Also remember that rather than looking at foods as “good” or “bad”, choose to look at foods as different vehicles of nutrition. Some foods have more carbohydrates. Some have more fat. Some have lots of sodium. Some have tons of protein. Some have many vitamins. Some have few vitamins. Some foods have carbohydrates AND protein AND fat AND vitamins AND minerals. We need a balance of nutrients, and ALL foods have at least SOMETHING to offer us.That’s right, even soda, and a Chick-fil-a biscuit.
Which brings us back to the topic of this post: How does a Chick-fil-a biscuit contain 15% of daily iron needs? (take this “15%” number with a grain of salt, as it is based on the average diet..not necessarily yours).
Answer: If you look at the ingredient list, you will see “enriched wheat flour“. Enriched flour means there are vitamins and minerals added in. And iron is one of them!
Awesome. Now that we know a little more about biscuits, it is time for the relevant but irrelevant question of the day: What do you like to put on your biscuit? Jelly? Butter? Honey?
Green vines filled with red, juicy, ripe, sweet tomatoes. Fields of golden wheat with a summer sunset in the backdrop. A fresh pitcher of milk sitting on a table, from the black and white spotted cows contently chewing grass outside.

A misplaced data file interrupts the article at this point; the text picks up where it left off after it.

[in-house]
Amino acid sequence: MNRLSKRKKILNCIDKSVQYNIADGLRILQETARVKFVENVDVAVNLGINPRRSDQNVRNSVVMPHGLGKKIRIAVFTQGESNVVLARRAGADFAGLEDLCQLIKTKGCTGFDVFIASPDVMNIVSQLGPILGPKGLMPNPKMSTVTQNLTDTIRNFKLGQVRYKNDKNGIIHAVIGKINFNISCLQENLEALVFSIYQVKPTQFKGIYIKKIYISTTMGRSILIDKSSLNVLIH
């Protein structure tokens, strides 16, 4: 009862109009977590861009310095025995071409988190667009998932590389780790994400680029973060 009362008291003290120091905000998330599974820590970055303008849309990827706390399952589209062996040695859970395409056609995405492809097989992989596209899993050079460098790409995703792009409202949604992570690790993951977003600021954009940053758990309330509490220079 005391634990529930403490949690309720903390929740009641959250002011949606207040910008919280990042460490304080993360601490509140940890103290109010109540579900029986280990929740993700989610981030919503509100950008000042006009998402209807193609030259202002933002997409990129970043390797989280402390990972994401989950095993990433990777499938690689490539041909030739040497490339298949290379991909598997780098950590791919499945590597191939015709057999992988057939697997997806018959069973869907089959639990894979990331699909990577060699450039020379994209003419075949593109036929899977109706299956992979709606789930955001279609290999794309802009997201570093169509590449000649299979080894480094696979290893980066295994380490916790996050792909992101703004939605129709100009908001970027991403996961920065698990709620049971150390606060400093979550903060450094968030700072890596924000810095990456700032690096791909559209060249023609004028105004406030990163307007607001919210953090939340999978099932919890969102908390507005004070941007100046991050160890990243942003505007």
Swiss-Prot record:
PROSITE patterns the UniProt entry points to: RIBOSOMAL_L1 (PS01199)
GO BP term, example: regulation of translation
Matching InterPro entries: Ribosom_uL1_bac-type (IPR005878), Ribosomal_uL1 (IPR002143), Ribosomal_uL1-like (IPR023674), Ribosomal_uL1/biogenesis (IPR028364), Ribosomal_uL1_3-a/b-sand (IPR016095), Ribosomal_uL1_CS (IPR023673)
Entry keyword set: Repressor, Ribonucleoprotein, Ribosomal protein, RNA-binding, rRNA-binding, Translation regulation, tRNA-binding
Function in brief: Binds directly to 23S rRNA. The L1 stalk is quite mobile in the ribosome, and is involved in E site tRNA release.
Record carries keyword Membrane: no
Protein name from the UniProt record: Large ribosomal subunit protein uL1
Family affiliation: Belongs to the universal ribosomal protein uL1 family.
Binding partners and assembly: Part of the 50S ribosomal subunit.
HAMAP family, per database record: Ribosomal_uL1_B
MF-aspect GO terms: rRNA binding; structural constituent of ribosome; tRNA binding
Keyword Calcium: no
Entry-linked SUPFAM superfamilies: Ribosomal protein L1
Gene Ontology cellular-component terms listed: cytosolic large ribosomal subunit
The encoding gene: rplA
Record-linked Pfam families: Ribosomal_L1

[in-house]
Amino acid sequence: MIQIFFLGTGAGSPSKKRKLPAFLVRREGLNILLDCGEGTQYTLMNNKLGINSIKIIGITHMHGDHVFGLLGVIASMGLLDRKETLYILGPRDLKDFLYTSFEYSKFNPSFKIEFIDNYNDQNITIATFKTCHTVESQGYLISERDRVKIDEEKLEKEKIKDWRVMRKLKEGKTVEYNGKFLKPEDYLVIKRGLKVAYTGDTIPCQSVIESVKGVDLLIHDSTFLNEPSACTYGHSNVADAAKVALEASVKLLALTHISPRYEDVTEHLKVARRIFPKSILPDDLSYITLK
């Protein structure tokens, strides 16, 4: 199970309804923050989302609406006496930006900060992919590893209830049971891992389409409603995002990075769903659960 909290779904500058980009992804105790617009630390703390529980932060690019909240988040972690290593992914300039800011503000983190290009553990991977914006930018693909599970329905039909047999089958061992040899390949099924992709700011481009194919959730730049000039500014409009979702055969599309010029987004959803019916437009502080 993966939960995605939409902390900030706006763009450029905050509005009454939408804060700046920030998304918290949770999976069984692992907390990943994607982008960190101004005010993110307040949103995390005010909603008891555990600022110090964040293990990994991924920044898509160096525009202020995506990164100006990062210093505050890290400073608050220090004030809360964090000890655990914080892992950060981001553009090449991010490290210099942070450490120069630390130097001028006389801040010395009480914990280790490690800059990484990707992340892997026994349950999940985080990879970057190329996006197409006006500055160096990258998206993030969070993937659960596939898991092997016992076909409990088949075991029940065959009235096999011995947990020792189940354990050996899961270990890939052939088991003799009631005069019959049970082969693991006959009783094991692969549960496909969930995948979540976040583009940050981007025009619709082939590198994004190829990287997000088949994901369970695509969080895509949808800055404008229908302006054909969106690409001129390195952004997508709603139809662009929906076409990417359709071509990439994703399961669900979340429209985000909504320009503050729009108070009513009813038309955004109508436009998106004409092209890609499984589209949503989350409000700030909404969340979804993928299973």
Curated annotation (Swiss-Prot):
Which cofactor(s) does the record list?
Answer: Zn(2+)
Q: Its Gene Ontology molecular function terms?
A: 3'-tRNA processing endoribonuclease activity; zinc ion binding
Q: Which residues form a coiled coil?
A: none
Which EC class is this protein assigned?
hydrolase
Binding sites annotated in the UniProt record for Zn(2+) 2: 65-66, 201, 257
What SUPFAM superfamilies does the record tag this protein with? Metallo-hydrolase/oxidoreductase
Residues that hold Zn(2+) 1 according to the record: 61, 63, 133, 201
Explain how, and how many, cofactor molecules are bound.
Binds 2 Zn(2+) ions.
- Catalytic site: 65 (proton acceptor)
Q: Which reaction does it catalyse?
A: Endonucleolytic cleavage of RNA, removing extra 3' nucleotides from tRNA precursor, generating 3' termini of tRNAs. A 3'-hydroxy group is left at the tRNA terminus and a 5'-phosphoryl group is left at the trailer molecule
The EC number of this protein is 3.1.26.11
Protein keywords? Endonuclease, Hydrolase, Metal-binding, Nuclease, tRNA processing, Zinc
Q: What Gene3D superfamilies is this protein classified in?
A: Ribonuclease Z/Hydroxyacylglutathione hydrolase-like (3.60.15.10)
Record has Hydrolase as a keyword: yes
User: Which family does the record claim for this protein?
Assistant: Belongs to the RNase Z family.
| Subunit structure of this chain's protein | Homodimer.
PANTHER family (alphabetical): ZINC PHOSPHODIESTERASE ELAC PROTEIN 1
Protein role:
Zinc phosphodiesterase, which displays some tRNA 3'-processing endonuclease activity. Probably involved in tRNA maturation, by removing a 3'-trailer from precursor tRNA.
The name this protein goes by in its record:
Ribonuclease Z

The ingredients described above are used to their fullest potential in creating the most delicious pizza you have ever tasted.
Pizza is America’s favorite food. Don’t let media propaganda, or your friends, family, strangers, trick you into thinking this deletable concoction is “BAD” for your health. Crust, sauce, and cheese. Simple. Nutritious.
How has pizza ended up on our “bad” foods list? Hm. Think about it. Is the pizza itself bad? Because objectively, it is actually quite a nice balance of vitamins from the tomatoes, fiber and carbohydrates from the crust, and protein and fat from the cheese.
So what is “bad” about pizza? NOTHING. Don’t label foods. No foods are bad. However bad decisions can be made if they are made without awareness of nutrition, emotion, and our bodies.
Bad choices exist.
Bad behaviors exist.
But do bad foods exist? NO. No. No. No. anddddd No.
Think about it. Let’s educate each other on nutrition rather than tell each other what we should and should not eat.
Following up on our previous post, we’ve decided to feature a short post on what exactly that creamy white dressing which appears in all vegetable trays is.
Many of us eat it and love it, but not many of us can tell you exactly what is it made from.
So now we will demystify Ranch.
Ranch is actually very simple to make. It is mostly mayo, some sour cream, some buttermilk, and a sprinkle of garlic and herbs and spices (most commonly dill, chives, parsley, black pepper).
Since it is mostly mayonnaise, this means that out of the three macronutrients (fat, carbs, and protein), Ranch is majority fat.
And that’s ok! Remember that fat does not equate with bad. In fact, no foods are bad. We should not label anything as “good” or “bad”. As long as we are aware of the nutritional content, and our personal nutritional needs, we will be able to decide how Ranch fits into our diets!
Knowledge of a food’s nutrition leads to the best nutritional decisions, which leads to the healthiest lives! Happy Eating!
Now for the irrelevant, yet totally relevant, question of the day: Do you like Ranch dressing? And do you include it in your diet?